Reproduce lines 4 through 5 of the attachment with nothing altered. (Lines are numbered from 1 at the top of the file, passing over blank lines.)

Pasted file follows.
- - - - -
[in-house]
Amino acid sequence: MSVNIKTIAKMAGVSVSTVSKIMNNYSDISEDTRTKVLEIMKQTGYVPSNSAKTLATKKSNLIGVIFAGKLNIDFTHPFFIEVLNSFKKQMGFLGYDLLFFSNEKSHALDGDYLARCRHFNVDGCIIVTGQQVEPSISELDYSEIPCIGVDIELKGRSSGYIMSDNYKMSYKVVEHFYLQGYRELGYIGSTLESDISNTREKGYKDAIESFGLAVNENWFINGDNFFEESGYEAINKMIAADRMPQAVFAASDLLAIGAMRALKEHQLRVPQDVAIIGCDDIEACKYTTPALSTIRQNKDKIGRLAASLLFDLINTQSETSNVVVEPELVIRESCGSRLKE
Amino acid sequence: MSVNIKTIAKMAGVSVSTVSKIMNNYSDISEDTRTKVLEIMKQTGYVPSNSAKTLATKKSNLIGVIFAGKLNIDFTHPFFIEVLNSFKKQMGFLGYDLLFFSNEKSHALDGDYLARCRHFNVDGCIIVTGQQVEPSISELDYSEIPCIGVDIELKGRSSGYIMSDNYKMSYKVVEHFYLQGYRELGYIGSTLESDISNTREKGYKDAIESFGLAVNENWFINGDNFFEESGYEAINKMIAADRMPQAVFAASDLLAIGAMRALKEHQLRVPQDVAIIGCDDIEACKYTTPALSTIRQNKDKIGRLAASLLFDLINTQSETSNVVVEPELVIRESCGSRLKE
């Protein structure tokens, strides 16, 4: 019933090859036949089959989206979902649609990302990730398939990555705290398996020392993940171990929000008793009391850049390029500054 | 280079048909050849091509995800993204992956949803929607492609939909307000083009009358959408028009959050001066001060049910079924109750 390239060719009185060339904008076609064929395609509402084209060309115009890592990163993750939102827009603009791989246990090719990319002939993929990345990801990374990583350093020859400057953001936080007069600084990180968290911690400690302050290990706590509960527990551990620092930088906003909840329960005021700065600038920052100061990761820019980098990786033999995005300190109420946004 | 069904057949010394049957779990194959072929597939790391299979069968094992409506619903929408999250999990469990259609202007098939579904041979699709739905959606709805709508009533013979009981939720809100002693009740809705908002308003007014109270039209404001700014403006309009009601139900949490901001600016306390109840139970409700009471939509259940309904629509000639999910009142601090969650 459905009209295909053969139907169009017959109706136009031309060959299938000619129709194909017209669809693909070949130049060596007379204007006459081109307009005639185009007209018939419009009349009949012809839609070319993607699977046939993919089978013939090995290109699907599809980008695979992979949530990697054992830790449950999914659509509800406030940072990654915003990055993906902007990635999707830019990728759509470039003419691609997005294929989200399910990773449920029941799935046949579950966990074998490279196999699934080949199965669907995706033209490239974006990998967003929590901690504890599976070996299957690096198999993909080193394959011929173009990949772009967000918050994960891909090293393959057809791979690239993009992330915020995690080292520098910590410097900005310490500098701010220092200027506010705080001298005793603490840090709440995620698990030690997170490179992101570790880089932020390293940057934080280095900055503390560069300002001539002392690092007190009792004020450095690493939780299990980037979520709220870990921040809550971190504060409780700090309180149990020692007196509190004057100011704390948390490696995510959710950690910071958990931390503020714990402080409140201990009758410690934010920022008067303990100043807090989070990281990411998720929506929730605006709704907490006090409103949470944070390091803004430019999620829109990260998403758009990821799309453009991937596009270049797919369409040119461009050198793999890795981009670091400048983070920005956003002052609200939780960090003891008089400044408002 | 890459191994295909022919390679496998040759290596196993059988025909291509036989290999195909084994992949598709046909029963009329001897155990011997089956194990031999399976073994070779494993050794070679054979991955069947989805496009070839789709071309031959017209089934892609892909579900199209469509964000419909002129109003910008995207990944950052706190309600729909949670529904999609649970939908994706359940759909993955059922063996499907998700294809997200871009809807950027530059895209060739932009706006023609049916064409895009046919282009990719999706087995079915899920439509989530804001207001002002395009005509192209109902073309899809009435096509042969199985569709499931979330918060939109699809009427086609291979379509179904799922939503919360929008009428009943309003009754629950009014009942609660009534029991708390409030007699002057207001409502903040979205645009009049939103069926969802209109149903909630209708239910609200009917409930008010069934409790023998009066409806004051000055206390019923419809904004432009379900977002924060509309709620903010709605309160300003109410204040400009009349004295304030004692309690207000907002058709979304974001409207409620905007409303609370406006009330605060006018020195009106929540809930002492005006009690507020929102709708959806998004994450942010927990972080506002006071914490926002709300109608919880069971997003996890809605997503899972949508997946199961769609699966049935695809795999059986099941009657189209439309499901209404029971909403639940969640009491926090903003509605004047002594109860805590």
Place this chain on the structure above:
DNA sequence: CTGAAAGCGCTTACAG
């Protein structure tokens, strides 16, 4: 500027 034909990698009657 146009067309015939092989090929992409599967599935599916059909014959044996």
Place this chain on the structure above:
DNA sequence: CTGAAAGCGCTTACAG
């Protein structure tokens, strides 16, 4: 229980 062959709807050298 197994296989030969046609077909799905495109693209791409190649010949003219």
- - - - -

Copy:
């Protein structure tokens, strides 16, 4: 019933090859036949089959989206979902649609990302990730398939990555705290398996020392993940171990929000008793009391850049390029500054 | 280079048909050849091509995800993204992956949803929607492609939909307000083009009358959408028009959050001066001060049910079924109750 390239060719009185060339904008076609064929395609509402084209060309115009890592990163993750939102827009603009791989246990090719990319002939993929990345990801990374990583350093020859400057953001936080007069600084990180968290911690400690302050290990706590509960527990551990620092930088906003909840329960005021700065600038920052100061990761820019980098990786033999995005300190109420946004 | 069904057949010394049957779990194959072929597939790391299979069968094992409506619903929408999250999990469990259609202007098939579904041979699709739905959606709805709508009533013979009981939720809100002693009740809705908002308003007014109270039209404001700014403006309009009601139900949490901001600016306390109840139970409700009471939509259940309904629509000639999910009142601090969650 459905009209295909053969139907169009017959109706136009031309060959299938000619129709194909017209669809693909070949130049060596007379204007006459081109307009005639185009007209018939419009009349009949012809839609070319993607699977046939993919089978013939090995290109699907599809980008695979992979949530990697054992830790449950999914659509509800406030940072990654915003990055993906902007990635999707830019990728759509470039003419691609997005294929989200399910990773449920029941799935046949579950966990074998490279196999699934080949199965669907995706033209490239974006990998967003929590901690504890599976070996299957690096198999993909080193394959011929173009990949772009967000918050994960891909090293393959057809791979690239993009992330915020995690080292520098910590410097900005310490500098701010220092200027506010705080001298005793603490840090709440995620698990030690997170490179992101570790880089932020390293940057934080280095900055503390560069300002001539002392690092007190009792004020450095690493939780299990980037979520709220870990921040809550971190504060409780700090309180149990020692007196509190004057100011704390948390490696995510959710950690910071958990931390503020714990402080409140201990009758410690934010920022008067303990100043807090989070990281990411998720929506929730605006709704907490006090409103949470944070390091803004430019999620829109990260998403758009990821799309453009991937596009270049797919369409040119461009050198793999890795981009670091400048983070920005956003002052609200939780960090003891008089400044408002 | 890459191994295909022919390679496998040759290596196993059988025909291509036989290999195909084994992949598709046909029963009329001897155990011997089956194990031999399976073994070779494993050794070679054979991955069947989805496009070839789709071309031959017209089934892609892909579900199209469509964000419909002129109003910008995207990944950052706190309600729909949670529904999609649970939908994706359940759909993955059922063996499907998700294809997200871009809807950027530059895209060739932009706006023609049916064409895009046919282009990719999706087995079915899920439509989530804001207001002002395009005509192209109902073309899809009435096509042969199985569709499931979330918060939109699809009427086609291979379509179904799922939503919360929008009428009943309003009754629950009014009942609660009534029991708390409030007699002057207001409502903040979205645009009049939103069926969802209109149903909630209708239910609200009917409930008010069934409790023998009066409806004051000055206390019923419809904004432009379900977002924060509309709620903010709605309160300003109410204040400009009349004295304030004692309690207000907002058709979304974001409207409620905007409303609370406006009330605060006018020195009106929540809930002492005006009690507020929102709708959806998004994450942010927990972080506002006071914490926002709300109608919880069971997003996890809605997503899972949508997946199961769609699966049935695809795999059986099941009657189209439309499901209404029971909403639940969640009491926090903003509605004047002594109860805590």
Place this chain on the structure above: